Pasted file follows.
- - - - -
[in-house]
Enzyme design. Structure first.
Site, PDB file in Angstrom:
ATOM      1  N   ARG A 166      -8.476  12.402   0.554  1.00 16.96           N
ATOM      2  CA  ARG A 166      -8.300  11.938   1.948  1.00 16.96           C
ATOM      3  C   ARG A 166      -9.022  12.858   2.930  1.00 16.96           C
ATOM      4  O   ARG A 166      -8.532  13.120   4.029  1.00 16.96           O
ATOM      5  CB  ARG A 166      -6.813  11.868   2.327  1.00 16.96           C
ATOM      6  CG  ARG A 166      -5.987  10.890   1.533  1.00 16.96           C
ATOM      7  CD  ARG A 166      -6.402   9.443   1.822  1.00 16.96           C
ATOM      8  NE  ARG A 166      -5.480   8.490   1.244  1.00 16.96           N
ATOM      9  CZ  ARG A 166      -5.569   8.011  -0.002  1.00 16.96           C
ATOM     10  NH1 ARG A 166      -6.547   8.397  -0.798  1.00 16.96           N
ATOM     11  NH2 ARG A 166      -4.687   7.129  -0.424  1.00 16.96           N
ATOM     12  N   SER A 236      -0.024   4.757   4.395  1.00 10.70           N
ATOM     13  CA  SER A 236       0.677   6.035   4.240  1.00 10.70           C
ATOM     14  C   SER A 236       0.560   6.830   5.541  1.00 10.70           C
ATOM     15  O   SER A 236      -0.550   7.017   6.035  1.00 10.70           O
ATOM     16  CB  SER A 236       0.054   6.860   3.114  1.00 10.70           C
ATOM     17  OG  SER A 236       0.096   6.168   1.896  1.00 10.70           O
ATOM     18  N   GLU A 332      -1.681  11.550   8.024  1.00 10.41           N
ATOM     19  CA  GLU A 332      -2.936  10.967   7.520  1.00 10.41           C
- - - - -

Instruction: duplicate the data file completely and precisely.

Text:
[in-house]
Enzyme design. Structure first.
Site, PDB file in Angstrom:
ATOM      1  N   ARG A 166      -8.476  12.402   0.554  1.00 16.96           N
ATOM      2  CA  ARG A 166      -8.300  11.938   1.948  1.00 16.96           C
ATOM      3  C   ARG A 166      -9.022  12.858   2.930  1.00 16.96           C
ATOM      4  O   ARG A 166      -8.532  13.120   4.029  1.00 16.96           O
ATOM      5  CB  ARG A 166      -6.813  11.868   2.327  1.00 16.96           C
ATOM      6  CG  ARG A 166      -5.987  10.890   1.533  1.00 16.96           C
ATOM      7  CD  ARG A 166      -6.402   9.443   1.822  1.00 16.96           C
ATOM      8  NE  ARG A 166      -5.480   8.490   1.244  1.00 16.96           N
ATOM      9  CZ  ARG A 166      -5.569   8.011  -0.002  1.00 16.96           C
ATOM     10  NH1 ARG A 166      -6.547   8.397  -0.798  1.00 16.96           N
ATOM     11  NH2 ARG A 166      -4.687   7.129  -0.424  1.00 16.96           N
ATOM     12  N   SER A 236      -0.024   4.757   4.395  1.00 10.70           N
ATOM     13  CA  SER A 236       0.677   6.035   4.240  1.00 10.70           C
ATOM     14  C   SER A 236       0.560   6.830   5.541  1.00 10.70           C
ATOM     15  O   SER A 236      -0.550   7.017   6.035  1.00 10.70           O
ATOM     16  CB  SER A 236       0.054   6.860   3.114  1.00 10.70           C
ATOM     17  OG  SER A 236       0.096   6.168   1.896  1.00 10.70           O
ATOM     18  N   GLU A 332      -1.681  11.550   8.024  1.00 10.41           N
ATOM     19  CA  GLU A 332      -2.936  10.967   7.520  1.00 10.41           C